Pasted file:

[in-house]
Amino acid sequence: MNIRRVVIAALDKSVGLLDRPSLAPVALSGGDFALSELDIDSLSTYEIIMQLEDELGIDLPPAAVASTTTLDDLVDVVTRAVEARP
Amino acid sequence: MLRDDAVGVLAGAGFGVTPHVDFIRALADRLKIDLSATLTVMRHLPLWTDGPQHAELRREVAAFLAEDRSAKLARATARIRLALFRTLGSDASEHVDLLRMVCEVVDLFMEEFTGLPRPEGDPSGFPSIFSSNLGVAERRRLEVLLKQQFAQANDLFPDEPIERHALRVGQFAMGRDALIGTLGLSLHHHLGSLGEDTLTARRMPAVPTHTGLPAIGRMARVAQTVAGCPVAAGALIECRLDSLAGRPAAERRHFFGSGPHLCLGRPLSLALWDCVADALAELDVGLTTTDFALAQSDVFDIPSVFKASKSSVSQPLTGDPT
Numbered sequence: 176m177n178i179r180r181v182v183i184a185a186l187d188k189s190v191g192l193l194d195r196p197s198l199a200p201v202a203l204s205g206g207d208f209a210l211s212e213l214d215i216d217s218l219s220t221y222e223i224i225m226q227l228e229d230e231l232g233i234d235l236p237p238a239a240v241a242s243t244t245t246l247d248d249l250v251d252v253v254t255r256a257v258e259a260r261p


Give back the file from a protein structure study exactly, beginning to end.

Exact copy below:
[in-house]
Amino acid sequence: MNIRRVVIAALDKSVGLLDRPSLAPVALSGGDFALSELDIDSLSTYEIIMQLEDELGIDLPPAAVASTTTLDDLVDVVTRAVEARP
Amino acid sequence: MLRDDAVGVLAGAGFGVTPHVDFIRALADRLKIDLSATLTVMRHLPLWTDGPQHAELRREVAAFLAEDRSAKLARATARIRLALFRTLGSDASEHVDLLRMVCEVVDLFMEEFTGLPRPEGDPSGFPSIFSSNLGVAERRRLEVLLKQQFAQANDLFPDEPIERHALRVGQFAMGRDALIGTLGLSLHHHLGSLGEDTLTARRMPAVPTHTGLPAIGRMARVAQTVAGCPVAAGALIECRLDSLAGRPAAERRHFFGSGPHLCLGRPLSLALWDCVADALAELDVGLTTTDFALAQSDVFDIPSVFKASKSSVSQPLTGDPT
Numbered sequence: 176m177n178i179r180r181v182v183i184a185a186l187d188k189s190v191g192l193l194d195r196p197s198l199a200p201v202a203l204s205g206g207d208f209a210l211s212e213l214d215i216d217s218l219s220t221y222e223i224i225m226q227l228e229d230e231l232g233i234d235l236p237p238a239a240v241a242s243t244t245t246l247d248d249l250v251d252v253v254t255r256a257v258e259a260r261p